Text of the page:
Announcing Actix Web v3.0

         Announcing Actix Web v3.0

We are pleased to announce the next major release for actix-web, v3.0!  This is the safest, most stable version yet.  We highly recommend everyone upgrade to v3 ASAP to benefit from these improvements.  Further, v3 introduces several other improvements with minimal breaking changes.

This is a significant release for several reasons:

  • It is the first major release following changes in project leadership.  The Actix ecosystem is now entirely community-driven, including a significant number of contributions from dozens of members of the Rust community. A big thanks to all the hands that helped make this release happen.
  • Actix-Web and its dependent crates in the actix-net repo are more stable than ever.  Extensive usage of the projects helped us resolve memory leaks.  Deep analysis of unsafe blocks helped pinpoint concerns of undefined behavior and every known concern was addressed for this release.
  • Ergonomics have improved.  It’s easier to get going with a single actix_web = "3"  import because now #[actix_web::main] will do the same as #[actix_rt::main] from v2. In fact, the entire runtime crate is re-exported as actix_web::rt, too.
  • Improvements to data containers: default services can now access app data, Resources and Scopes can access parent data while holding their own data, and ServiceRequest::app_data returns T instead of Data<T> which fully enables passing custom types between middleware, extractors and handlers.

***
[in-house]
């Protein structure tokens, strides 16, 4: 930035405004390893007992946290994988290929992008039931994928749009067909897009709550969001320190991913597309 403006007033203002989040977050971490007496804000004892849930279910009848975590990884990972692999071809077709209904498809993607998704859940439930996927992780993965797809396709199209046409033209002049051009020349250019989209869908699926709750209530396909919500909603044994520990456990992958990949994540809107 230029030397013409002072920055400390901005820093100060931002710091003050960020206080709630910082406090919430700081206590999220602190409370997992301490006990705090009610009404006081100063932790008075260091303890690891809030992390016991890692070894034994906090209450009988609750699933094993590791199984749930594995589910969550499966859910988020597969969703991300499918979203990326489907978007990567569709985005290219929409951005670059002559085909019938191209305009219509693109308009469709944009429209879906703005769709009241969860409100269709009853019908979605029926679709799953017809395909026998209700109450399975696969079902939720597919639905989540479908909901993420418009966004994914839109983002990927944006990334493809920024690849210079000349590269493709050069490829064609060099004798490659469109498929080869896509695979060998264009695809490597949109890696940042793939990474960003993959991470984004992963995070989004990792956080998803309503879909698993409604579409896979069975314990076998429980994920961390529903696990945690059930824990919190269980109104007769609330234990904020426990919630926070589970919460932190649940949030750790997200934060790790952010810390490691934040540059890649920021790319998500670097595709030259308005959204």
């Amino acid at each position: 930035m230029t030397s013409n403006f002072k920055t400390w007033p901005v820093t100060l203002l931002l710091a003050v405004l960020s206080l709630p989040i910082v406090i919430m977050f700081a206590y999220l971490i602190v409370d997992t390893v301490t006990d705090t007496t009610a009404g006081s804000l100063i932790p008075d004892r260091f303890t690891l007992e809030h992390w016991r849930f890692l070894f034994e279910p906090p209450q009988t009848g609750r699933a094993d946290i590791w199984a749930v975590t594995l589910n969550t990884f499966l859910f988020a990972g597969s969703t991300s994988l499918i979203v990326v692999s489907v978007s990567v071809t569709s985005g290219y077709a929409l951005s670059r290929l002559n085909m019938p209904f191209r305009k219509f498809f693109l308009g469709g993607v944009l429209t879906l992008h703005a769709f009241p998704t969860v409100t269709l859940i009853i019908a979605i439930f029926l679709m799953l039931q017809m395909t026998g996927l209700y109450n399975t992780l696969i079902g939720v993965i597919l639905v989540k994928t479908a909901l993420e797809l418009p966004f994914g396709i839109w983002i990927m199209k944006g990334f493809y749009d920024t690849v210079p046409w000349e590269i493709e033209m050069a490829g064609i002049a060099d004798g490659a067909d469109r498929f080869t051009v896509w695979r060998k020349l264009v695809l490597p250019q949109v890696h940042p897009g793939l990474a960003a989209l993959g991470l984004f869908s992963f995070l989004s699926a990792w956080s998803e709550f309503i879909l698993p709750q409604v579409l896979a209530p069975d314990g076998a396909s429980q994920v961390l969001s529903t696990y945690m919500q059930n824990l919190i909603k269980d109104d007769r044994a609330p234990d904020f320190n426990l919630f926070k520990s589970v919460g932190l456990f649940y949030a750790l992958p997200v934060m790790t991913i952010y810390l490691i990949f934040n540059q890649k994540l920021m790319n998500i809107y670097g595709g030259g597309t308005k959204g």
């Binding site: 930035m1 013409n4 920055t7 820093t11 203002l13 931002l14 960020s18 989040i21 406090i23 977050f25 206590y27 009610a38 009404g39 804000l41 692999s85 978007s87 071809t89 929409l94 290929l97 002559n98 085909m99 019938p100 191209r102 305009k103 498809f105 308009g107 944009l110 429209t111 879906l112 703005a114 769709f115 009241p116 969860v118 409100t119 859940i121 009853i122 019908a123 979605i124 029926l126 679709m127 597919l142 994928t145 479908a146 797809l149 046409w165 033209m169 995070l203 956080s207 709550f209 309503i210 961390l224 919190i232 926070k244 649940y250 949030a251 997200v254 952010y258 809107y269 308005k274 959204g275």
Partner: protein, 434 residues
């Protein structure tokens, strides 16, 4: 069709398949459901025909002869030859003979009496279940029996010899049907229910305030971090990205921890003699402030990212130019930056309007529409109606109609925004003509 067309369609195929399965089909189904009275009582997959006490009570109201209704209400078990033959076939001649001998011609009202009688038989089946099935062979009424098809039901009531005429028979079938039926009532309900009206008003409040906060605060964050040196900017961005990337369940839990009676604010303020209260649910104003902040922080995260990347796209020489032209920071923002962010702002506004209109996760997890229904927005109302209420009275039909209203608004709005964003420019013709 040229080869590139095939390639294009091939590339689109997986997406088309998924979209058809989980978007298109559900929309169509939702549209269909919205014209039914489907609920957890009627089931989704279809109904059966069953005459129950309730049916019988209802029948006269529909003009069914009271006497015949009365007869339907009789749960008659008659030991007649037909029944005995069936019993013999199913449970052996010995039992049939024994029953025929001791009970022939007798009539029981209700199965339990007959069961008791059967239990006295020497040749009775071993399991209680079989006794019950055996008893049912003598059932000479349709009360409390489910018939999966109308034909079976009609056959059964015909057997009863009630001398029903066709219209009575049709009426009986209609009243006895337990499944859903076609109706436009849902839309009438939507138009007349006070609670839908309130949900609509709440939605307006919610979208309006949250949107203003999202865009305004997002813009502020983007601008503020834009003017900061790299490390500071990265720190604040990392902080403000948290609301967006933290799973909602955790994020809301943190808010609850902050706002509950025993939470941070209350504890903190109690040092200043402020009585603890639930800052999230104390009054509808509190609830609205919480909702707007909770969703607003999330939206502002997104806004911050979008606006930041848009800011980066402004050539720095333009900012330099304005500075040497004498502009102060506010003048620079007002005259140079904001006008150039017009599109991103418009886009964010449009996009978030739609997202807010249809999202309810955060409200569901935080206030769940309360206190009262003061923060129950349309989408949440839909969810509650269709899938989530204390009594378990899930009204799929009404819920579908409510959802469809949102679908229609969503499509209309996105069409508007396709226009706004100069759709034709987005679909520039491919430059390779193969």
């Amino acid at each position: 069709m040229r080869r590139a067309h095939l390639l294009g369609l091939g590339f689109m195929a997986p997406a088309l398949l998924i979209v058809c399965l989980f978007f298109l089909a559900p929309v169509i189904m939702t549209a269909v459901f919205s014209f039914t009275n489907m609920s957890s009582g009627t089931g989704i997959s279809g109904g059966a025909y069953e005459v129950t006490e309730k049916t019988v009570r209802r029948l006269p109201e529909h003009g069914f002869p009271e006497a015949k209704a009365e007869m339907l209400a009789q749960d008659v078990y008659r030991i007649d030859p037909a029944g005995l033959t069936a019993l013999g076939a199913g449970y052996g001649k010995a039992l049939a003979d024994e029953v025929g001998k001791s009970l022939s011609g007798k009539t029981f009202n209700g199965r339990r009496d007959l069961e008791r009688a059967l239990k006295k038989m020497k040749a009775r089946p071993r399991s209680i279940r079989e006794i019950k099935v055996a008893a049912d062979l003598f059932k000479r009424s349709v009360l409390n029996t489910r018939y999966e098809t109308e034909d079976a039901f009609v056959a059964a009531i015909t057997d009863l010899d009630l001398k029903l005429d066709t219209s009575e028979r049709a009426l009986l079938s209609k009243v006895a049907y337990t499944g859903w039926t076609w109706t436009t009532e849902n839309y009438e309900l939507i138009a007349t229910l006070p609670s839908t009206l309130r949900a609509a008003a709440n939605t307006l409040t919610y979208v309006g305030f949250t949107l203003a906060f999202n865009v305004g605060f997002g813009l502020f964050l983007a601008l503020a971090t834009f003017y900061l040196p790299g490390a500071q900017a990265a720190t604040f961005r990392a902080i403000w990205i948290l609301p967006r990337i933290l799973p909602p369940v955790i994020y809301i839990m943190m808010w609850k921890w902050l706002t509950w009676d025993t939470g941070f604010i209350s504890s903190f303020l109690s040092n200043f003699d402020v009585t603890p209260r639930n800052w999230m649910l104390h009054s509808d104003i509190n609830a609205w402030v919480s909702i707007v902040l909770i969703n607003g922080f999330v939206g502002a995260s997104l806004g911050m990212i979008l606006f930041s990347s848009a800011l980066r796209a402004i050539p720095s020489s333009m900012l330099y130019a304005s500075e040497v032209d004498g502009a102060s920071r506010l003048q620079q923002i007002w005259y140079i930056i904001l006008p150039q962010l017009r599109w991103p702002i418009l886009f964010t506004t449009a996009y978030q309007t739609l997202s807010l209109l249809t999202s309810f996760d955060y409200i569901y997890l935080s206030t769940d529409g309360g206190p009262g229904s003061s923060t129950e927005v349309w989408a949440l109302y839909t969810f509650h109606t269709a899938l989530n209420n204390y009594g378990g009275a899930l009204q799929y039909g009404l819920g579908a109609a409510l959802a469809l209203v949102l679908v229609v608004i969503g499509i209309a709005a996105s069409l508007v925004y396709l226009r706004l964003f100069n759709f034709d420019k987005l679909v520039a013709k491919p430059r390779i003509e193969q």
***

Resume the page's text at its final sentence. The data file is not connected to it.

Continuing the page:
Check out what else is new and what's changed in the changelog and the migration/breaking change notes. Actix-Web’s minimum supported Rust version (MSRV) is now 1.42 (released in March 2020). 

Stability Updates

Actix-web v3 is the most stable version yet.  Stability has been significantly improved by reducing risk exposure to undefined behavior within unsafe implementation and by addressing memory leaks detected from production use.

Unsafe plays far less of a role now than it has in the past. Several contributors vetted unsafe blocks, searching for undefined behavior (UB).  Anywhere UB was identified, it was replaced with safe Rust implementation.  There are no reports of UB in the remaining unsafe blocks.  Further, an RFC addressing uninitialized memory buffers will help address several more unsafe blocks in the actix projects once a solution is released.

Actix-web is one of the most widely used Rust web frameworks. Extensive usage has helped pinpoint issues only found within production environments, such as low-level memory leaks.  Version 3 includes several bug fixes addressing memory leaks.


Special thanks to @Shnatsel and @Nemo157 for helping with unsafe concerns. We appreciate your perseverance!

Getting Started

If you have never used Actix-Web before, or are not familiar with the new macros, here is a simple example to get started:

use actix_web::*;

async fn index(name: web::Path<String>) -> impl Responder {
    format!("Hello {}!\n", name)

async fn main() -> std::io::Result<()> {
    HttpServer::new(|| App::new().service(index))

You can find a full getting started guide on the website.

Alternatively, you can have a look at the multitude of examples covering all subjects including: Sessions, State Management, Databases, WebSockets, Multipart File Uploads, JSON API, Authentication, Middleware, Templates, GraphQL and more!